Qualys CEO: CISOs Are Now More Engineering Oriented, Less About Compliance
Qualys CEO Sumedh Thakar says that cybersecurity is now about quantifying and managing risk, rather than regulatory compliance.
According to a research report by security vendor Qualys, on average, a software vulnerability in 2022 was “weaponized” with an exploit within 19.5 days of being publicly disclosed, while the mean time to remediate these vulnerabilities (MTTR) was 30.6 days - an 11-day gap.
The picture is nuanced in that the top 10 most prevalent vulnerabilities in 2022 occurred in just two products: Windows and Chrome (as a result their commanding market share). Nevertheless, while some were critical, the mean time to patch these 10 vulnerabilities was only 12.3 days, due to advanced publicity about them and their amenity to automated patching regimes.
More problematic are vulnerabilities found in the long tail where the speed of mitigation is much more variable, and indeed many (42.3%) are left unpatched.
An example given in the report, which was created using anonymized threat intelligence data from Qualys customers around the world, is CVE-2022-1040, a Sophos firewall authentication bug, for which a patch was only applied 70 days after disclosure on average; even then it was only successfully remediated in 35% of cases, according to the report. In response to this article, Sophos said it “immediately responded to the disclosure, issuing a patch within two days. In addition, the vast majority of systems were immediately updated automatically.”
Other glitches which “caused the most havoc” in 2022 include Follina in Microsoft Word (MTTR 28.1 days, patch efficacy 91.2%), an Atlassian Confluence RCE (28.5 days, but with a patch efficacy of only 58%), VMware Workspace (14.3 days/87%), and a Windows CFLS bug (20.6 days/90%).
Over the last five years, the overall number of vulnerabilities has doubled. With something like 192,000 known vulnerabilities out there, and with 25,000 of those added in 2022 alone, the question becomes how to find those bugs that present a danger and how to prioritize patching them before they are exploited.
The first thing is to attach a risk score to each vulnerability based on the threat intelligence plus the value of the asset, explained Qualys CEO Sumedh Thakar. Then prioritize patching to maximize the rate of reduction of overall risk to the organization, taking into account other factors such as the reliability of the patches.
It’s all part of what he says is a growing trend towards risk analysis and quantification in cybersecurity. With IT security very much a boardroom issue these days, evaluating risk and comparing it with the organization’s accepted risk tolerance is a strategy that’s gaining ground.
“Given the risk from digital systems, cyber risk is becoming extremely important to the business. And when that is happening, everybody’s being held accountable,” Thakar told Computing UK.
Rather than talking about projects, security leaders need to be talking about outcomes.
“CISOs are typically are going into board meetings and talking about the projects that like two-factor authentication. But the board’s job is oversight, and so they ask, ‘What does that mean? Am I 50% safer, 100% safer, or what?’ So the security organization needs to work out how to communicate that in a meaningful way.”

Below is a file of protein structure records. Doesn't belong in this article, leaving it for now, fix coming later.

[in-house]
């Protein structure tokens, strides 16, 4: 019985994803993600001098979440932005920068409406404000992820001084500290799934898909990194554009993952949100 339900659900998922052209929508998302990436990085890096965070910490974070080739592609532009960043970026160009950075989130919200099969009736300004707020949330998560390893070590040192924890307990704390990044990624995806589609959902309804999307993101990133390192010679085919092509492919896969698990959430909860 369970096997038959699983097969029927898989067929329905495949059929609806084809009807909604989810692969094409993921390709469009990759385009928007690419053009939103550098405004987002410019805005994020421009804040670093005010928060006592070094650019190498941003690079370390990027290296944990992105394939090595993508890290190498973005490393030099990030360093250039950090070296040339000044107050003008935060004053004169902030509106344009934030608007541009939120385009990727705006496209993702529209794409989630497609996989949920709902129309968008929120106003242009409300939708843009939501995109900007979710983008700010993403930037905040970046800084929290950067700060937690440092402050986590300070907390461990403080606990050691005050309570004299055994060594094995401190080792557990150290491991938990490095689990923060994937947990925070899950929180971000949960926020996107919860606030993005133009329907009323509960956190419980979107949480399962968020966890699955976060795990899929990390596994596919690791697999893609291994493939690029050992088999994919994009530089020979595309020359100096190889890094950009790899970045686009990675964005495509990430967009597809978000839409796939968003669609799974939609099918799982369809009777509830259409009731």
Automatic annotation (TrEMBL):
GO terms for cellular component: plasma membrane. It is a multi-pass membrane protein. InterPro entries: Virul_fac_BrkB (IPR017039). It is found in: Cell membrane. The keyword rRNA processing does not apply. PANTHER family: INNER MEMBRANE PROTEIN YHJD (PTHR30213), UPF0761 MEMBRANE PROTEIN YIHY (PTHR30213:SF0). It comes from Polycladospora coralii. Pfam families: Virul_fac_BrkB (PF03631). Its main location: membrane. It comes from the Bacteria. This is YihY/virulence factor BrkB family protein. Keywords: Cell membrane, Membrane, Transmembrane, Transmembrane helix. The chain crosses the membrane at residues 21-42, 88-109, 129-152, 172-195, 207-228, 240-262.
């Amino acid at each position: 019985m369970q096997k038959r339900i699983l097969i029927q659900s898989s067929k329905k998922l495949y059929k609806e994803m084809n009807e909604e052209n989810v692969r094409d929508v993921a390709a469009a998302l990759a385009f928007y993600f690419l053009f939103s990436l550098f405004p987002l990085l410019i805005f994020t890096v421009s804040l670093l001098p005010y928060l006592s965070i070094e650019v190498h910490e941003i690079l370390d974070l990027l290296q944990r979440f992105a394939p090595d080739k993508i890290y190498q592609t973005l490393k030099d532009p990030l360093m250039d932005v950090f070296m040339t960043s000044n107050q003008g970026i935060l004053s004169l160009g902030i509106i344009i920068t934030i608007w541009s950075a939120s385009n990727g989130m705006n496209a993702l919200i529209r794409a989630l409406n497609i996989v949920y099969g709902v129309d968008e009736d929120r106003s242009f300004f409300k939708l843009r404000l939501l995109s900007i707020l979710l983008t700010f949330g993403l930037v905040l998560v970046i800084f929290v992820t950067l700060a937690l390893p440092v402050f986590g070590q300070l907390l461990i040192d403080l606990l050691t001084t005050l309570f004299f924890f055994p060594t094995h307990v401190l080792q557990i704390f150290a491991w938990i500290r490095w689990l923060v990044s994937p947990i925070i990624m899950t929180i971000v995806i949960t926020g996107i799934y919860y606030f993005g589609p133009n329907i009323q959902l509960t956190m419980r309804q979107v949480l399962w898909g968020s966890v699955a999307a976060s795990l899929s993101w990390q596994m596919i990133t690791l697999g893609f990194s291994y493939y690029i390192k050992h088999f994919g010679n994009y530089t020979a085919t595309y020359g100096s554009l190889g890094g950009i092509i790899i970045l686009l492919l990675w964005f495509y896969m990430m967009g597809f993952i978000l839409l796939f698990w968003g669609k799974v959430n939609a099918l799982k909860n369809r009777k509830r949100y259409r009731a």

One way is to provide a risk score for each important asset, so the board can decide how much to spend to reduce it.
“So the risk was 900 and we spent £2 million now the risk is 600. That lets you have a conversation, should we spend another half a million pounds to take the risk down to 400?”
Risk Rather Than Compliance
As an approach, this represents a move way from simply ensuring the company is legally covered should breaches occur, he went on.
“The newer generation of CISOs are a lot more engineering and IP-oriented, more hands-on, and a lot more about discussing the actual technology risk, rather than taking that compliance-oriented approach towards security.”
The other part of the picture is rapid remediation, which given the scale of the issue and the way that almost every organization is existentially dependent on hundreds of applications mean automation. Manual patching is too slow.
“Unfortunately, many organizations have completely siloed teams and tools, one that is looking at asset management, one that is looking at availability, scanning, one that is looking at prioritization, and then a completely different one looking at patching and remediation,” said Thakar. “And time gets lost between these teams and creating tickets and stuff like that.”
Automated patching, the report suggests, significantly improves both the MTTR and the patch rate, with patches that can only be applied manually creating a barrier to rapid remediation.
The nature of the vulnerabilities is not really changing. The OWASP Top 10 is a slow moving list, and the vast majority of vulnerabilities are still misconfigurations, cryptography errors, access control or injection weaknesses, but the speed at which they are being exploited by threat actors on the lookout for bugs overlooked by organizations is increasing at a time when businesses are ever more reliant on digital infrastructure, and when budgets are tight.
“In today’s macroeconomic environment where the CFO and everybody’s watching the budget, there is a definite ask to have a quantifiable reduction in risk, whatever metric you use,” said Thakar.
This article originally appeared on CRN’s sister site, Computing.